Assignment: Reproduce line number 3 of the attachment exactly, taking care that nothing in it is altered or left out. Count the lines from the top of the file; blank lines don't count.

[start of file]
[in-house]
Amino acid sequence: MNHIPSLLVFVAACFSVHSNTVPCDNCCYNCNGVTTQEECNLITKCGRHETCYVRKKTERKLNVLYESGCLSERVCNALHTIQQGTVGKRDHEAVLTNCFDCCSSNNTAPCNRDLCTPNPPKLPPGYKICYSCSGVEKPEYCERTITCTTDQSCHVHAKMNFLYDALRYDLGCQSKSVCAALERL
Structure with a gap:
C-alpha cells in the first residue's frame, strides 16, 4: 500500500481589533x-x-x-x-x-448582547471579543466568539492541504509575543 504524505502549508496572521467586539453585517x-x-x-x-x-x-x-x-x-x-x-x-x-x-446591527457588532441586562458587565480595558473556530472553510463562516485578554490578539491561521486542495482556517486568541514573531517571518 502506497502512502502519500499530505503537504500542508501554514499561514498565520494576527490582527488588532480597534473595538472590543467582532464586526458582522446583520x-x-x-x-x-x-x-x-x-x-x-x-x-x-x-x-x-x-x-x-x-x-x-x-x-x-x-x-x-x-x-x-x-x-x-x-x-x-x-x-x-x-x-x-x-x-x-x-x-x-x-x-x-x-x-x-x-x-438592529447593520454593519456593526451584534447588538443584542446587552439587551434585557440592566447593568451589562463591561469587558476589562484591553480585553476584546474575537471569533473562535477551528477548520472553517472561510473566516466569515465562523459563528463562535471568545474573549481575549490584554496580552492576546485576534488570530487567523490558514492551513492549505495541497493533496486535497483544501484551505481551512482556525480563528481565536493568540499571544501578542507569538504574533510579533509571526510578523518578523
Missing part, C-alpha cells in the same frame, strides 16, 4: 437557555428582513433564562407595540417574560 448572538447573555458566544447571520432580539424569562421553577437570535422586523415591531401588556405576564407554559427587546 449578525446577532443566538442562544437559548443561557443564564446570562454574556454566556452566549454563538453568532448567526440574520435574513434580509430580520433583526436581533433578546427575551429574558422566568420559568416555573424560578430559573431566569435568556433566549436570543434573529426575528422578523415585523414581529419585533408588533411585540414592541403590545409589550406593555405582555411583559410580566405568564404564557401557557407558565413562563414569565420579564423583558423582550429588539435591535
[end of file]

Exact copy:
Structure with a gap: